SINGAPORE: Singapore is “too small, too weak” to compete in the international art market, and in order to succeed, it needs to be part of Southeast Asia, the founder of Art Stage Singapore fair said on Wednesday (Nov 16).
“The art scene, artists, galleries, all the institutions, are not internationally strong enough to compete with big markets like China, India and the West," remarked Lorenzo Rudolf at a media conference where details of the fair’s next edition in January 2017 were revealed.
"It is logical that we have to position Singapore as a central part of the entire Southeast Asia. If you want a successful future, we have to sell Southeast Asia as a whole and not national, small markets. And Singapore, as the smallest place, is even more obliged to play this game,”
His remarks were part of a sobering description of a global art market that is taking a long, hard look at itself amidst the economic downturn, not just in the region, but in Europe and America as well.
Citing how art fairs and galleries worldwide are either thinking about closing or rethinking their business model, Rudolf said: “It’s clear that we can no more discuss and sell art over prices. It’s very clear that galleries, art fairs, have much, much more to reflect (upon) and find a balance between market and content. And even artists have to think - are we producing in the future (art that is) only for the market?”
The economic uncertainty in the art world seems to be reflected in Art Stage Singapore’s seventh edition, which will take place from Jan 12 to 15 next year.
Around 108 exhibitors from 26 countries are participating this time around, a decline from the 173 galleries in 32 countries that took part in the fair early this year. To date, there are also only 21 Singapore galleries that have signed up, in contrast to 32 in the previous edition.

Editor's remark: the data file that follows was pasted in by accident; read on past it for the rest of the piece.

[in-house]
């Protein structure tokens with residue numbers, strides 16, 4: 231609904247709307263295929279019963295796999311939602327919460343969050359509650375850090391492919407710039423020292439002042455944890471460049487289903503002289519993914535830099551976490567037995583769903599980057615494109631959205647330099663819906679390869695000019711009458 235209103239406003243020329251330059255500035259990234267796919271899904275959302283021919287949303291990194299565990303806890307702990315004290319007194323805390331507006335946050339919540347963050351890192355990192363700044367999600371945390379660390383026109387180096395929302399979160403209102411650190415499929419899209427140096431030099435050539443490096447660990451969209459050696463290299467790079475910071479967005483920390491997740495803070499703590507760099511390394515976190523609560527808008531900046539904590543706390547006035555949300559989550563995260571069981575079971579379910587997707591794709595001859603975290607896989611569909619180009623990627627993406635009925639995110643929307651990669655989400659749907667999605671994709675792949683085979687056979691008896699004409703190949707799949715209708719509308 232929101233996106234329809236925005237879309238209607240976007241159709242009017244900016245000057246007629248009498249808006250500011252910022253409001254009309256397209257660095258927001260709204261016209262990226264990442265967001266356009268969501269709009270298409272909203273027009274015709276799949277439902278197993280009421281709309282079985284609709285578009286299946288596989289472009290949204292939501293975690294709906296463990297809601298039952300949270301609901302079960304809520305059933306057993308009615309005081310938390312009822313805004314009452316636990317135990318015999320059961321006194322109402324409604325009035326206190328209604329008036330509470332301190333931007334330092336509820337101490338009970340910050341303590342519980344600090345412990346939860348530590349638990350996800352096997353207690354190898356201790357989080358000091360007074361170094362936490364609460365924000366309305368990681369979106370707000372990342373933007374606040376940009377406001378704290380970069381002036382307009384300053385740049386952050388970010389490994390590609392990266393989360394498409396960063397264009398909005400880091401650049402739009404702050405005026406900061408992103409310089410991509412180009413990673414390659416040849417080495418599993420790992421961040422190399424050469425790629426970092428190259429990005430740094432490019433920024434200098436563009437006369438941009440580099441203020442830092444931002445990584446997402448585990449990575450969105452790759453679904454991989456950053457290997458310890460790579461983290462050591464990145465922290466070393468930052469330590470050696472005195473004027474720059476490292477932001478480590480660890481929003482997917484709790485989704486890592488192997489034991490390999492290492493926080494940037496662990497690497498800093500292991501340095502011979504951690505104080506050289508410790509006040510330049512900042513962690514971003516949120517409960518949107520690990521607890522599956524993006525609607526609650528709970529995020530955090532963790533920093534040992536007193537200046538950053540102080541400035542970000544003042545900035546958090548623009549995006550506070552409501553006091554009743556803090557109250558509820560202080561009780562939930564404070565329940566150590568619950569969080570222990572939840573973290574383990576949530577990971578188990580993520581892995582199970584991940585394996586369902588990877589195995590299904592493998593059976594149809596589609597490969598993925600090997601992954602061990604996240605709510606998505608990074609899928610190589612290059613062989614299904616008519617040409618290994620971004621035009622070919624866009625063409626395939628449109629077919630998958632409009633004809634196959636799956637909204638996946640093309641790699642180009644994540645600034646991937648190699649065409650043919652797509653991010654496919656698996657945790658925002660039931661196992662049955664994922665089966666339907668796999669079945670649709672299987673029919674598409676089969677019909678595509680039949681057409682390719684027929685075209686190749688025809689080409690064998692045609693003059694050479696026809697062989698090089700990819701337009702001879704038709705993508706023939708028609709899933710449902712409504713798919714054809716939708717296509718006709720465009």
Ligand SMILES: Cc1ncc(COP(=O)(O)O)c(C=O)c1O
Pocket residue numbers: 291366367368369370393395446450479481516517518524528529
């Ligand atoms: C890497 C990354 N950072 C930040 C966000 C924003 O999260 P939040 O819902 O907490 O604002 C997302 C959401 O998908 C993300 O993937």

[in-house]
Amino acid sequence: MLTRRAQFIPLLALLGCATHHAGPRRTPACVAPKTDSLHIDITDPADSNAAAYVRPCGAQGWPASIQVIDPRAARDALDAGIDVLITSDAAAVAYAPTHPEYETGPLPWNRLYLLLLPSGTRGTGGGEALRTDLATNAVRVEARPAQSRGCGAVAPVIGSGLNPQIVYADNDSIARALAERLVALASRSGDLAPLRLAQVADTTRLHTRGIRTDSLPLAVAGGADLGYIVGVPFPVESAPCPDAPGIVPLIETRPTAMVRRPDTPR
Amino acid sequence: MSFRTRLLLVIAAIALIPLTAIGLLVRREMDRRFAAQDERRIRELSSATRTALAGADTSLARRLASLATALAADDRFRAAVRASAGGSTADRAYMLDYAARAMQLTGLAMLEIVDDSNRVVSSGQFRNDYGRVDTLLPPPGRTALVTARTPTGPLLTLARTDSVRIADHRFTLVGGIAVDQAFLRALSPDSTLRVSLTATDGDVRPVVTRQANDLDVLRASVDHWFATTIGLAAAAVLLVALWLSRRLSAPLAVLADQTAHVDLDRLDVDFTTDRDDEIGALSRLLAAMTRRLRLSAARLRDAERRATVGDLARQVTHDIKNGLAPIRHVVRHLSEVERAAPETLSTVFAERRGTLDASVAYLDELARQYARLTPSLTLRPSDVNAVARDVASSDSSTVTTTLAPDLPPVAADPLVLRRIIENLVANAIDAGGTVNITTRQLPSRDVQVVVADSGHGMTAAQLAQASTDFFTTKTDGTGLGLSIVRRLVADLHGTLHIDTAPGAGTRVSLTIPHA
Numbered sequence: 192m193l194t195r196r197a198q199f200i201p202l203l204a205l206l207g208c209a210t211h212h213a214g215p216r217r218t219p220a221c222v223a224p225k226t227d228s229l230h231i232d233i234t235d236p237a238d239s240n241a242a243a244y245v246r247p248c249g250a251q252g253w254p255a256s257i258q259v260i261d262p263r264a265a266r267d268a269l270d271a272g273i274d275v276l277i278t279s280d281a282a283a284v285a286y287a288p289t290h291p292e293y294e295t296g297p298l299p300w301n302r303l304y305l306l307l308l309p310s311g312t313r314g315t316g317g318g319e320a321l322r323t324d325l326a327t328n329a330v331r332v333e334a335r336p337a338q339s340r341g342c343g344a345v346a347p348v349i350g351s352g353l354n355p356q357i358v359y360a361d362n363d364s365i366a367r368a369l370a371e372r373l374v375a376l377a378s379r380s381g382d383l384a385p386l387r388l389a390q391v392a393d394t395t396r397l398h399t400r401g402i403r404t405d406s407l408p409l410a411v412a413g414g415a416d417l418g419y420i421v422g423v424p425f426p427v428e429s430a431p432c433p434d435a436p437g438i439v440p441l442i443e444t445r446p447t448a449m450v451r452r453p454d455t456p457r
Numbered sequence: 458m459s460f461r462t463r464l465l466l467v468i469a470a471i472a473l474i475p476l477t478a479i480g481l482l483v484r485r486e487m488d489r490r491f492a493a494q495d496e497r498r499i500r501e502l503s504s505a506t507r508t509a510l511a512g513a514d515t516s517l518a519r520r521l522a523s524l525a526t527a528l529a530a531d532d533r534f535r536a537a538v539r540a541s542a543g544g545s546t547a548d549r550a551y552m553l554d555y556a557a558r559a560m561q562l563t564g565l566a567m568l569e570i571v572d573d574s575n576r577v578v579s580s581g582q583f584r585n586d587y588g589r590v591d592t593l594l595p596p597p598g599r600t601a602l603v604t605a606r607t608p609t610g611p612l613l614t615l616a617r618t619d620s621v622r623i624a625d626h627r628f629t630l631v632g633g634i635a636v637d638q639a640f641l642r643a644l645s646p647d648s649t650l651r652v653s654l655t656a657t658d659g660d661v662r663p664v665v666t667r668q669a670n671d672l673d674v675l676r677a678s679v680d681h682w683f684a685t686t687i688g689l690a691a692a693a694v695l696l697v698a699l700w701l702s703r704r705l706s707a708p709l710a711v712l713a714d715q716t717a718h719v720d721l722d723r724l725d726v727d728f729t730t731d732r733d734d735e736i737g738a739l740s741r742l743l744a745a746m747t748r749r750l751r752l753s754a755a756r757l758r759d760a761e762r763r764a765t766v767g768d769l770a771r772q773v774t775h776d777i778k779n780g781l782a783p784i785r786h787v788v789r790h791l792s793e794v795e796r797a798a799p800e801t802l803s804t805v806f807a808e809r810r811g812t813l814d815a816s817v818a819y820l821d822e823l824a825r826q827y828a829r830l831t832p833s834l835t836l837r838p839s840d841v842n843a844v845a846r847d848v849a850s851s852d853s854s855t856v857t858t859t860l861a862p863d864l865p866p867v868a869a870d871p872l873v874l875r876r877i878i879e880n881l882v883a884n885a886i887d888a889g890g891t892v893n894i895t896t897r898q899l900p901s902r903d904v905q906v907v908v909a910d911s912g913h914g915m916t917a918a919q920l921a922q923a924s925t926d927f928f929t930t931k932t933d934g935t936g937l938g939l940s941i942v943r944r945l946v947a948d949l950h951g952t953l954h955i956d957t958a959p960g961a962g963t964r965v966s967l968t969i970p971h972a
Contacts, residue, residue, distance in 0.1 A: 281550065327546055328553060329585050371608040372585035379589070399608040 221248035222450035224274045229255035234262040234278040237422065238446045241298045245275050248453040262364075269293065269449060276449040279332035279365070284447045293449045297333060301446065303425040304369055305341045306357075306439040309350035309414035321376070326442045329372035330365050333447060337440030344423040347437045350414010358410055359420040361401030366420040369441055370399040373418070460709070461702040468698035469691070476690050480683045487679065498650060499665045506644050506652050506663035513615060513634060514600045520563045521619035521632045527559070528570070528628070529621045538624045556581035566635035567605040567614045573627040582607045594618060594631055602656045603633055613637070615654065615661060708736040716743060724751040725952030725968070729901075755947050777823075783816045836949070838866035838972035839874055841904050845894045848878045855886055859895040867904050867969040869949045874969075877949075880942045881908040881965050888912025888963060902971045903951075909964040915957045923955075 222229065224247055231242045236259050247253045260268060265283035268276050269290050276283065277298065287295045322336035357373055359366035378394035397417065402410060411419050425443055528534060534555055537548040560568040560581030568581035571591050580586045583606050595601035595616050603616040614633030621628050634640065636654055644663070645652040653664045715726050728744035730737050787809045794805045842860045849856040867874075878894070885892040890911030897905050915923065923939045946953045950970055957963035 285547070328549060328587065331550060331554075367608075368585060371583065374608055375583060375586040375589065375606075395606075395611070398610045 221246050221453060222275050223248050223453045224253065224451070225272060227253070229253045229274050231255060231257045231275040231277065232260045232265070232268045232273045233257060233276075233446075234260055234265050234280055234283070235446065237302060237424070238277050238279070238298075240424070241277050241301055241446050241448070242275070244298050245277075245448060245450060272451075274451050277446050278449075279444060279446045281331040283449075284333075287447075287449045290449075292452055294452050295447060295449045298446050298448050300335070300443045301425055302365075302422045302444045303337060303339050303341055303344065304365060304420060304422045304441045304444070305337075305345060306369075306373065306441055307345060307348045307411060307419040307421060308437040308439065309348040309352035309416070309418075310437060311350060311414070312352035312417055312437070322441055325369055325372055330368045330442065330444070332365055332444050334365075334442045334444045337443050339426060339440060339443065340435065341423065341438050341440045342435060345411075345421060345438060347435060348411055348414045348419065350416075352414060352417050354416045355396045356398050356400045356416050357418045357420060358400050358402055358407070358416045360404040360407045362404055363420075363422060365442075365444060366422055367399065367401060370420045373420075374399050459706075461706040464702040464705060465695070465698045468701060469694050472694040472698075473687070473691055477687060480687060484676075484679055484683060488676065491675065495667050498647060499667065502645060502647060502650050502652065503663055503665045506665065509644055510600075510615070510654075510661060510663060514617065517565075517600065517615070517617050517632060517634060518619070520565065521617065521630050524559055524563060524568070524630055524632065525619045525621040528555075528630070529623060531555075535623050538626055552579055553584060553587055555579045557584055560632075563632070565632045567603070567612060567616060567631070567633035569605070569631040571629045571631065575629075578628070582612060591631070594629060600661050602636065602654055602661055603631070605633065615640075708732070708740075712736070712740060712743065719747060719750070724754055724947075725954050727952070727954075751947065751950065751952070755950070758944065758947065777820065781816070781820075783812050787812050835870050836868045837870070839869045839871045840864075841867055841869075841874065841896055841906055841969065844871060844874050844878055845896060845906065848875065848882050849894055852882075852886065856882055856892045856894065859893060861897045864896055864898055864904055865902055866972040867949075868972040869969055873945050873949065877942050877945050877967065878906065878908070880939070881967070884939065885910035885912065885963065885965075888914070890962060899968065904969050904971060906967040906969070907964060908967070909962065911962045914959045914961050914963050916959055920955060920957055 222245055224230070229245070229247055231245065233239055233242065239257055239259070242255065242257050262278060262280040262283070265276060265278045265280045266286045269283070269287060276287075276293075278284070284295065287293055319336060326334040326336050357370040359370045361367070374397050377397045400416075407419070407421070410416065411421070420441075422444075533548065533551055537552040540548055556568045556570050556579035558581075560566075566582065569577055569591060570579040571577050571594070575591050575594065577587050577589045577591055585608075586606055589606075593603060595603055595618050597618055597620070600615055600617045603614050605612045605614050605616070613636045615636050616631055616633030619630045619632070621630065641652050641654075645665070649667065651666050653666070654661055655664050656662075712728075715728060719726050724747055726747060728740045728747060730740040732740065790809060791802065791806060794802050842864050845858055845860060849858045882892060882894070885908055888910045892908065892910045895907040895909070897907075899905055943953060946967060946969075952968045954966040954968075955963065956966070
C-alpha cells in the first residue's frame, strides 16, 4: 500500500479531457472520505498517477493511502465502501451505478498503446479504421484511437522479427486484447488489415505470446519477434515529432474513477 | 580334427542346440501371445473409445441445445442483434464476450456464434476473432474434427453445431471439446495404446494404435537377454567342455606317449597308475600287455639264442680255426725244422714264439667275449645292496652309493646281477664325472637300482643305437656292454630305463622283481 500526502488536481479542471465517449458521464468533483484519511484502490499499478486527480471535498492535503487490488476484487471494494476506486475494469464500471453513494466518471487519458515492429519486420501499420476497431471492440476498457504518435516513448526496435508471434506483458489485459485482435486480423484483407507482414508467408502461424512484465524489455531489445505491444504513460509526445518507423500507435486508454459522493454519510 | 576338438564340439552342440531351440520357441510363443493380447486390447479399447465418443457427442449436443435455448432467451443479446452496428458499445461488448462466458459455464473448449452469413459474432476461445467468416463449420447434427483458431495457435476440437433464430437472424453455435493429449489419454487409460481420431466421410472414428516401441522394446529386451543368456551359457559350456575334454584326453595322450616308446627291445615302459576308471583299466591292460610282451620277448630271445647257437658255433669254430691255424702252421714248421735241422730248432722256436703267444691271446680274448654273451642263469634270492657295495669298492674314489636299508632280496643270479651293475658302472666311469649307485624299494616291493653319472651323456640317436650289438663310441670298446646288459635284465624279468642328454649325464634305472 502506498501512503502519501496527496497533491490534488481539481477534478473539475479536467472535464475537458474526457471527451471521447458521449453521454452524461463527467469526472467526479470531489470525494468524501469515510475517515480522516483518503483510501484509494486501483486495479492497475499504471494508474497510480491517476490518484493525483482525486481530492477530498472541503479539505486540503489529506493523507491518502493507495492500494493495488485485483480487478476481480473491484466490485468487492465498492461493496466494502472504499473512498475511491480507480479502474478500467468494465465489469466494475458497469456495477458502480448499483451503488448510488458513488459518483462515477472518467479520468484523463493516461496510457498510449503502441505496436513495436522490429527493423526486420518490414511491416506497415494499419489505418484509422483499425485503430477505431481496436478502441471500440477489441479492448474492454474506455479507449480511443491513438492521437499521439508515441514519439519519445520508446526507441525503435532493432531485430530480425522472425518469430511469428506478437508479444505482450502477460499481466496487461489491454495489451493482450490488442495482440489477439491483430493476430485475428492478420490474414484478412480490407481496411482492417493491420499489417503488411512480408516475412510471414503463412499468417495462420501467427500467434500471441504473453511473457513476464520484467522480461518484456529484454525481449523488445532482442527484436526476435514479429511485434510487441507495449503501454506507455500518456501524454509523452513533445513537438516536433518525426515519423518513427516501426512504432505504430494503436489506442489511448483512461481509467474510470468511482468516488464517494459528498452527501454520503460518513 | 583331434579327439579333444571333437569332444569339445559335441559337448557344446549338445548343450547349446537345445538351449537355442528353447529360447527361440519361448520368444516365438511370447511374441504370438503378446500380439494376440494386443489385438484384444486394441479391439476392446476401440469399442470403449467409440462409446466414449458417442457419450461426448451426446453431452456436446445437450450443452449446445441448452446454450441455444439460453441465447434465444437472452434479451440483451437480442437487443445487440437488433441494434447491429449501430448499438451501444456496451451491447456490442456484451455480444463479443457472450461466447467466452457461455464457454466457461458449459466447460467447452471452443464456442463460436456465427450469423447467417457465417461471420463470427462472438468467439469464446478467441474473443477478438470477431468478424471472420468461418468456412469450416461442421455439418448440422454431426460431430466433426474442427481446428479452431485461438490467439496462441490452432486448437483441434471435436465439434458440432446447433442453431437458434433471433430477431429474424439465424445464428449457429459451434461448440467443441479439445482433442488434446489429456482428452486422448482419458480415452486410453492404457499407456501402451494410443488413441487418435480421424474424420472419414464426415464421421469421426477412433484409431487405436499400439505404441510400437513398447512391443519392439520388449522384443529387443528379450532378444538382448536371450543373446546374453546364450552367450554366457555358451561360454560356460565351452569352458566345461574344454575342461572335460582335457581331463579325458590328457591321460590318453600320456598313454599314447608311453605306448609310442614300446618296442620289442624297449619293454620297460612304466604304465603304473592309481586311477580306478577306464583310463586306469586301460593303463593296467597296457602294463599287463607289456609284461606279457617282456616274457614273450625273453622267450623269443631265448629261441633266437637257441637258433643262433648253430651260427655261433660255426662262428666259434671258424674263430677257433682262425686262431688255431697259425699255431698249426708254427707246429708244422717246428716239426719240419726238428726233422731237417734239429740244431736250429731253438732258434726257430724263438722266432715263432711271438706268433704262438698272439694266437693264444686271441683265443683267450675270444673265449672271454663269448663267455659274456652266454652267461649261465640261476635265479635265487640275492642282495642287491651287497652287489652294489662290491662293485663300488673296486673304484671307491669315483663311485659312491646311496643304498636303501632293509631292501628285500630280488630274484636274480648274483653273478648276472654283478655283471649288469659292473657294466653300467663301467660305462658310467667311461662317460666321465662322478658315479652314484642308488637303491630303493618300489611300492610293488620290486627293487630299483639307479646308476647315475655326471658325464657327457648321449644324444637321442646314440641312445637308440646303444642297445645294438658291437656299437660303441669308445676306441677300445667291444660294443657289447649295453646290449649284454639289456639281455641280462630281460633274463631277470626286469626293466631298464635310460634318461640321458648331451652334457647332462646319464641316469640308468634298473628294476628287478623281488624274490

In light of the current bleak climate, one of its special programmes - a Southeast Asian art forum and exhibition - will also focus on the theme of capitalism and art where “(we) question ourselves what is art for”, said Rudolf.
Among the works included in the programme is Malaysian artist Ivan Lam’s "vending machine", which will sell small pieces of artworks from the region as a comment on how art has been commodified.
Ivan Lam's Vending Art project, which is part of Art Stage Singapore's special forum on capitalism and art. (Photo: Wei-Ling Gallery)
Comparing the mood when Art Stage Singapore was first launched in 2011, Rudolf said: “At that time, there was an enthusiasm around. And today, it is quiet, it is sad, despite the initiatives that have happened all these years.
“Everybody is asking where is Singapore going? We all know Gillman Barracks has problems, we all know galleries are trying to survive and some have left. We all know also that institutions are not in the best position.”
On the upside, Rudolf mentioned the crucial role of art collectors in the current environment. He cited the growing number of private art museums and spaces in the region, such as MACAN in Jakarta, MAIIAM in Chiang Mai and O Museum in Bangkok.
There’s a need to “activate these private collectors because that’s where we really have strong support,” he said. “Around Singapore, there’s not one state who is really investing in cultural development. And you see a trend of certain collectors feeling a responsibility to go public, to educate and to share (their collection) with a much bigger community,” he said.
In this light, Art Stage Singapore is also tapping into more involvement from Singapore’s notoriously private collectors community - a Collectors’ Show featuring works from six Singapore-based collectors will also be shown at next year’s fair.
“I think more and more people are becoming aware that it’s only together we can be strong,” he said.